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The first march of the corps was Sousa's Washington Post, but in 1914 a change was made to Her Bright Eyes Haunt Me Still, an arrangement of an 1856 composition in honour of Florence Nightingale.
In 1923 Bonnie Nell was favoured, but replaced in 1948 by a seventeenth-century air, Here's a Health unto His Majesty. Shortly after this Her Bright Eyes was reintroduced as the corps slow march.
When HM Queen Elizabeth The Queen Mother was Colonel-in-Chief, The Eriskay Love Lilt would be played on officers' guest nights.
Corps Day (23 June) was set down in 1948, on the 50th anniversary of the formation of the RAMC, being the day on which the Medical Staff joined forces with the Medical Staff Corps in 1898.
The First World War had caused a rapid expansion of army medical services to cope with the vast numbers of casualties and new types of wound. Through impossible conditions members of the RAMC struggled and adapted to support the wounded on the front line, in the regimental aid posts, the dressing stations, casualty clearing stations, base hospitals, and the hospital ships and trains.
In spite of superhuman efforts to alleviate the suffering of soldiers and civilians in all corners of the globe, the RAMC suffered an abuse of its initials, with interpretations like 'Rob All My Comrades', 'Run Away Matron's Coming', 'Radier A Mixed Crowd' and, in reverse order, 'Can't Manage A Rifle'. Rifles haven't always been carried in the corps but arms are borne today for personal protection. Medical services are subject to the Geneva Convention and although swords and bayonets are carried on parade they have to remain sheadied.
The corps continues to attend casualties and the sick in all situations, deploying field ambulance units, air ambulance, surgical teams, transfusion units, medical equipment depots, hygiene units and convalescent training depots.
The Royal Electrical and Mechanical Engineers (REME) was formed in 1942 by the collation of the engineering workshops of the Royal Engineers, Royal Army Service Corps and the Royal Army Ordnance Corps, to organise and rationalise engineering support for the army's vehicles, guns and technical equipment. The corps' skills were put to the test at El Alamein, from where they grew with each development in army equipment, and now extend to eight trades and nearly 10,000 personnel.
Headquarters are located at Arborfield in Berkshire, an engineering training establishment since 1942.
The blue peaked cap has the scarlet band of royal infantry regiments and the 1947 pattern badge - a horse, gorged with a coronet and chain reflexed over its back, rearing up on a globe and superimposed on a flash of lightning, all beneath a crown and scroll inscribed R.E.M.E. The horse with chain symbolises power under control, the lightning flash denotes electrical force.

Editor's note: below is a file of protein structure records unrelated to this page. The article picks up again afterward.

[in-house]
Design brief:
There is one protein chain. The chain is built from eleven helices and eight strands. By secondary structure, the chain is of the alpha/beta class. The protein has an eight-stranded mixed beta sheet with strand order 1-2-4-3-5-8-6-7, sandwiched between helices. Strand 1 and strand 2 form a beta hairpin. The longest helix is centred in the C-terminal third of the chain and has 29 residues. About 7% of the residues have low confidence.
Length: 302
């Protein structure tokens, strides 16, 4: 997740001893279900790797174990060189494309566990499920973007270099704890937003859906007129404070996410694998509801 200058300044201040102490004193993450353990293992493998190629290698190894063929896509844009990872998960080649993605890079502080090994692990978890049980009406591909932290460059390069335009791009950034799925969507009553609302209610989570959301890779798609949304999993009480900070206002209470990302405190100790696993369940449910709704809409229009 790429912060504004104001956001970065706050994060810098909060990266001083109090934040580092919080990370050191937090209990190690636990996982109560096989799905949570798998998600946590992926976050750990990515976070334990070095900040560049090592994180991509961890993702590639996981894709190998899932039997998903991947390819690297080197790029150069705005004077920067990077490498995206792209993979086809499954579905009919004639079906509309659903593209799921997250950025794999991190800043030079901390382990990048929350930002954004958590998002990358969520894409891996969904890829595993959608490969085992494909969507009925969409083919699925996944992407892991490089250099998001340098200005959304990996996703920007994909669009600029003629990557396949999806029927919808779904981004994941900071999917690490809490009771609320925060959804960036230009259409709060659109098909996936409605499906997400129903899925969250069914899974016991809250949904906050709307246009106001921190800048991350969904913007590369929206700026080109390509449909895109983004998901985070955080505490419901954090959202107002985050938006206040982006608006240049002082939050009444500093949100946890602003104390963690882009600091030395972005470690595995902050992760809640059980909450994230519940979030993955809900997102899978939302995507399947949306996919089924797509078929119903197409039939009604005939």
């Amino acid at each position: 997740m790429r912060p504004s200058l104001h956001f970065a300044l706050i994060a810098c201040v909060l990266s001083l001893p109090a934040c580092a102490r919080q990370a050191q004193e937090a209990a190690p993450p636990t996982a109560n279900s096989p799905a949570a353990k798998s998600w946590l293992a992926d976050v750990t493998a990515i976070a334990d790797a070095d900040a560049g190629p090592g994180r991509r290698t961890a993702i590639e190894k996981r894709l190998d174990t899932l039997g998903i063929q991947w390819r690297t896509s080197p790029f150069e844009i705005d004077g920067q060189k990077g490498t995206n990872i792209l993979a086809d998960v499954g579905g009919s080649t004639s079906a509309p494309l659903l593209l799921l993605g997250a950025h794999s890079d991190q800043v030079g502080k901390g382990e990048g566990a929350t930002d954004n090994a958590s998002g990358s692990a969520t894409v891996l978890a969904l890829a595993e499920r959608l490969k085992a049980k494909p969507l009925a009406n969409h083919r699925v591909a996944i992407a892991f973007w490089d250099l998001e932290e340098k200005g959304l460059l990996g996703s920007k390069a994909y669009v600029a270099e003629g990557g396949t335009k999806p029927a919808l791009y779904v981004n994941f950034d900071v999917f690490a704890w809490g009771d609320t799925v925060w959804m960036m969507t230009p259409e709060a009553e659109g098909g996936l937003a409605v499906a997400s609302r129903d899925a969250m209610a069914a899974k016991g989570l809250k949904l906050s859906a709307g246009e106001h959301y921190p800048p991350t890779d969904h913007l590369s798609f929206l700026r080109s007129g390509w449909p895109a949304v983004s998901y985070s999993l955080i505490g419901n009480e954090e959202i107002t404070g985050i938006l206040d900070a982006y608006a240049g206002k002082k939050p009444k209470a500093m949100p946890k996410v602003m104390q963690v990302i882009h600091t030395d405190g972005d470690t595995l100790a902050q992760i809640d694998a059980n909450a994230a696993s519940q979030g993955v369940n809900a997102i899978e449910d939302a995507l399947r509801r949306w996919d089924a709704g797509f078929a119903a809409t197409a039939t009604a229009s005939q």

The REME stable belt is blue with two yellow on red stripes, its clasp raised with the motto Arte et marte (By skill and by fighting). Trade emblems are worn on the sleeve.
Vehicle mechanics of a Light Aid Detachment in Kuwait. (MoD)
Musicians were issued with full dress in 1979. It consists of a blue Victorian uniform and infantry pattern helmet, with scarlet facings and the Royal Engineers' broad scarlet stripe down the trousers' seams.
The corps quick march is a combination of the old army song, Lillieburlero, once used by the BBC News during the Second World War, and the French Aupres de ma Blonde for the trio section.
The REME band was formed in 1944 and became a major staff band in 1971.
WRAC passing-out parade with a variety of cap badges showing destinations to which the women were being sent. They were employed as cooks, drivers, analysts, clerks, police, stewardesses, communications operatives and hairdressers
REME suffered the usual misinterpretation of its initials through its early years. Old soldiers know them as 'Rarely Electrically or Mechanically Efficient', 'Rough Engineering Made Easy', etc. Today the efficiency of the corps in combat support is beyond doubt.
Soldiers belowr lance corporal hold the rank of craftsman and train for one of the corps' trades. Avionics technicians repair and maintain instrument systems on helicopters; aircraft technicians look after everything else on helicopters; electronics technicians maintain and repair all of the army's electronic systems, largely to be found in tanks, self-propelled guns and guided weapons; metalsmiths make tools and equipment parts, and repair vehicle bodywork; armourers repair and maintain the full range of weapons; vehicle mechanics work on heavy armoured track vehicles or light tracked and wheeled vehicles; recovery mechanics use cranes and lifting gear to rescue overturned and broken-down vehicles; and technical stores staff keep track of the thousands of REME special tools and test equipment. The best technicians are selected for artificer rank.